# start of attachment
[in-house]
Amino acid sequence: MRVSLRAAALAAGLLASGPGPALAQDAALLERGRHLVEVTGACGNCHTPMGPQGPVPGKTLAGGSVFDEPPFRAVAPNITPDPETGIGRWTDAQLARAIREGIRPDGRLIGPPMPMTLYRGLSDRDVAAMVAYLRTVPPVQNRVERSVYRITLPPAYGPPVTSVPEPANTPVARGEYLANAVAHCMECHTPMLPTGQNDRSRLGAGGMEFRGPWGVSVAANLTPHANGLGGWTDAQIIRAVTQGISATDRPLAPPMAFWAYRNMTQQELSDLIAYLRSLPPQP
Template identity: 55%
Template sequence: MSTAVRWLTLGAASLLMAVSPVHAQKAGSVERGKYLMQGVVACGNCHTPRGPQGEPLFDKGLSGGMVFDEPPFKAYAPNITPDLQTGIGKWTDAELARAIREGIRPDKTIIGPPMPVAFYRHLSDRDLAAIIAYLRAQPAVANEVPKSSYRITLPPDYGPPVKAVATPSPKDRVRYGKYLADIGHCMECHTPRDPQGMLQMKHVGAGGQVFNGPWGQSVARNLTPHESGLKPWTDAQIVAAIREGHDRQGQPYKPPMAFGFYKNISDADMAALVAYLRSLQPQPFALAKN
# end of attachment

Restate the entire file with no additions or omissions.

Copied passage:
[in-house]
Amino acid sequence: MRVSLRAAALAAGLLASGPGPALAQDAALLERGRHLVEVTGACGNCHTPMGPQGPVPGKTLAGGSVFDEPPFRAVAPNITPDPETGIGRWTDAQLARAIREGIRPDGRLIGPPMPMTLYRGLSDRDVAAMVAYLRTVPPVQNRVERSVYRITLPPAYGPPVTSVPEPANTPVARGEYLANAVAHCMECHTPMLPTGQNDRSRLGAGGMEFRGPWGVSVAANLTPHANGLGGWTDAQIIRAVTQGISATDRPLAPPMAFWAYRNMTQQELSDLIAYLRSLPPQP
Template identity: 55%
Template sequence: MSTAVRWLTLGAASLLMAVSPVHAQKAGSVERGKYLMQGVVACGNCHTPRGPQGEPLFDKGLSGGMVFDEPPFKAYAPNITPDLQTGIGKWTDAELARAIREGIRPDKTIIGPPMPVAFYRHLSDRDLAAIIAYLRAQPAVANEVPKSSYRITLPPDYGPPVKAVATPSPKDRVRYGKYLADIGHCMECHTPRDPQGMLQMKHVGAGGQVFNGPWGQSVARNLTPHESGLKPWTDAQIVAAIREGHDRQGQPYKPPMAFGFYKNISDADMAALVAYLRSLQPQPFALAKN